Washington, DC – Jamal Abdi, President of the National Iranian American Council, issued the following statement upon the Biden administration’s move to broaden sanctions licensing to support internet freedom in Iran. The Treasury Department just announced a revision of General License D-1, labeled General License D-2, broadening exemptions to support social media and cloud technology and other internet-based software that will better enable the Iranian people to get around their government’s censorship and counter future efforts to shut down the internet:
“We welcome and applaud the administration’s moves to broaden sanctions licensing to support internet freedom in Iran. This will mean that tech firms that had cut Iranians off from their services – like Google and Amazon – can once again provide services to Iranians. It will benefit ordinary Iranians in the near term by helping them run anti-censorship technology, and in the long run by making it harder and more costly for the Iranian government to shut down the internet. And it could remove a hurdle for efforts such as Starlink potentially providing satellite internet on the ground in Iran. We appreciate that Treasury has committed to continue to issue guidance in the weeks ahead on this license and encourage them to communicate directly with key communication firms to support their provision of services to the Iranian people.
“It has been more than eight years since this licensing was updated and amid the Iranian government’s ongoing oppression following the killing of Mahsa (Jhina) Amini and the throttling of the internet this step is more important than ever. The Iranian people are engaged in an ongoing, organic movement for change, and this step helps ensure that U.S. policies don’t work against their struggle.
“While we continue to assess the scope of the licensing, it is clear that it is a significant step forward, including on its explicit exemptions for social media, anti-censorship tools and cloud technologies. NIAC has championed exemptions for communication technologies since 2009, when it became clear that tech firms were pulling out of the Iranian market amidst the Green Movement demonstrations despite the vital role social media played in exposing the abuses of the Iranian government. NIAC formally petitioned for an update to General License D-1 in 2016 and again during the brutal crackdown on Iranian protesters in November 2019. Yesterday, we supported a bipartisan letter on Capitol Hill to support internet freedom in Iran, and thousands of NIAC members sent messages to lawmakers and the White House reiterating our support for this important action.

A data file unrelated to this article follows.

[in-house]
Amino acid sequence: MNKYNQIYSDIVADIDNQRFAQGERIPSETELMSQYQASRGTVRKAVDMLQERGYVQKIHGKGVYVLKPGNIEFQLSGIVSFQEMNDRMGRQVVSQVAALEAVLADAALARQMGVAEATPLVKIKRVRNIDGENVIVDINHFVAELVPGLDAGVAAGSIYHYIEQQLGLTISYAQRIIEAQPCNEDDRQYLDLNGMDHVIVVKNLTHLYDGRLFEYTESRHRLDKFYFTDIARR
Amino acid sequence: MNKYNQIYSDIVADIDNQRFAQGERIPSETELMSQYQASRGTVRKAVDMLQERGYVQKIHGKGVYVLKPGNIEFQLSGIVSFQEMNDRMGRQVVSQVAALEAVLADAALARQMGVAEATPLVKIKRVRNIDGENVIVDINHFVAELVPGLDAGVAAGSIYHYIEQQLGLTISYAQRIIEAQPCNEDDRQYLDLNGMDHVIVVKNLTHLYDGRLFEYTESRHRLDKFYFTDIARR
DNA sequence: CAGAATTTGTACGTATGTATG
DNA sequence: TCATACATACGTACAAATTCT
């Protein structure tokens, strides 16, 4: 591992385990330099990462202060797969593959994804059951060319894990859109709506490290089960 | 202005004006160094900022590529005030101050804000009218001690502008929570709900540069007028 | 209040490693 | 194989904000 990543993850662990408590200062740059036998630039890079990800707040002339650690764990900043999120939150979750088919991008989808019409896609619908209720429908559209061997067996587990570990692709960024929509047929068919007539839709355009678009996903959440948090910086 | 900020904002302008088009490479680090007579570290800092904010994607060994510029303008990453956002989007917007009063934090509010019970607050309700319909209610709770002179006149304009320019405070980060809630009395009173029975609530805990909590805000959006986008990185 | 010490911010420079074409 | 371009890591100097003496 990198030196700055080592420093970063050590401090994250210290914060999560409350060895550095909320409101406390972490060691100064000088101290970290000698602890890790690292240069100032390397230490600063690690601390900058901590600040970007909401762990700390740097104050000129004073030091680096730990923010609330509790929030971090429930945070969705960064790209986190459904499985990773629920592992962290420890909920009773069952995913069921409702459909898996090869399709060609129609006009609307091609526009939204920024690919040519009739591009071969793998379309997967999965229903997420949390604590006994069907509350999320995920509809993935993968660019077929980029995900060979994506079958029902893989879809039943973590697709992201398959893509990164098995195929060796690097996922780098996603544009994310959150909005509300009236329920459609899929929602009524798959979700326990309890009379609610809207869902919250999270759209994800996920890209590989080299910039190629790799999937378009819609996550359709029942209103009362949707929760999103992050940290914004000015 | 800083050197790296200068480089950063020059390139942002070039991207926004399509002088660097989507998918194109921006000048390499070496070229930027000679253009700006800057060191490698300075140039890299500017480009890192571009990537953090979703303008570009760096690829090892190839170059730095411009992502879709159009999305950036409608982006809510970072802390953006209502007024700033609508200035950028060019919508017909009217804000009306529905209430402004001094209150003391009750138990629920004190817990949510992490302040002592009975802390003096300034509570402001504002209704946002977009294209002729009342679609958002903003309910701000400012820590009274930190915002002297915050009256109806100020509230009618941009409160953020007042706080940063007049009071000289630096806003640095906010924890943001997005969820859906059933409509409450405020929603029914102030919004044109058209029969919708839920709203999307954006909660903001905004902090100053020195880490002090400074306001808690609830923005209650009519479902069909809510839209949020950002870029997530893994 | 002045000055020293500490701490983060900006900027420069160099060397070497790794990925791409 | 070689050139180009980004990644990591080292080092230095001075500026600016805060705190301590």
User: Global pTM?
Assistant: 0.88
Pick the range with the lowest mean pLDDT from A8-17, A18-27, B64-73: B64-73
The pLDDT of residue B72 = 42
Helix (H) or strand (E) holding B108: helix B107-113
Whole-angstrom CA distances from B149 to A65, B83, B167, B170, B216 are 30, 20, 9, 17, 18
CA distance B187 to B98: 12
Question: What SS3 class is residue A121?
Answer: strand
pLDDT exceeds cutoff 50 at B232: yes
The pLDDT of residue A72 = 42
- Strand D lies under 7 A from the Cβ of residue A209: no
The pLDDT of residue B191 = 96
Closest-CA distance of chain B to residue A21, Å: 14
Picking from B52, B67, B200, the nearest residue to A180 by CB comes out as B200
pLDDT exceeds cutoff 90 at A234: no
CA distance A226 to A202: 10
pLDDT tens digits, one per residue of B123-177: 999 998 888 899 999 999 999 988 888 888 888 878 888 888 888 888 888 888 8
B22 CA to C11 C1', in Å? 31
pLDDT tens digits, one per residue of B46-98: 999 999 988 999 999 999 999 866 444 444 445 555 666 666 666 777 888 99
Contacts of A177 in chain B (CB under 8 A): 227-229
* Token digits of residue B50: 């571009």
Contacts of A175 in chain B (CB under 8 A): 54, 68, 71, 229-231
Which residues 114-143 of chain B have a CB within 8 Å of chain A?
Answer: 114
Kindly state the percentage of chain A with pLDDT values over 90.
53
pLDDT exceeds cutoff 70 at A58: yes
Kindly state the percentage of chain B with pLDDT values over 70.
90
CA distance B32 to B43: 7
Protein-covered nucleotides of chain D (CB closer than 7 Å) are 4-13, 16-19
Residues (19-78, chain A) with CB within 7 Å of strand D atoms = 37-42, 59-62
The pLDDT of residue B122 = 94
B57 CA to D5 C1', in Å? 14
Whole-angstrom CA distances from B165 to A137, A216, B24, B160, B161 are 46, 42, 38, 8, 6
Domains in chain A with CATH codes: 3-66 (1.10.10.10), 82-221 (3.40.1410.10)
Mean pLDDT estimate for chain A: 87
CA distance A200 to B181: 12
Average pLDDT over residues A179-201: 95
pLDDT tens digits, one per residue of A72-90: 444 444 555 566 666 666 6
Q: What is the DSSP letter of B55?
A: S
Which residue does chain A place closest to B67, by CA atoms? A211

“We applaud the administration for not just talking the talk but walking the walk on ensuring that this US policy works in solidarity with, rather than against, the Iranian people. As we admire the courage of the Iranian people in confronting oppression and demanding their rights, we support this vital move from the Biden administration today.
To learn more about the importance of today’s action, read NIAC’s August 2021 report: The Impact of U.S. Sanctions on Internet Access in Iran.Back to top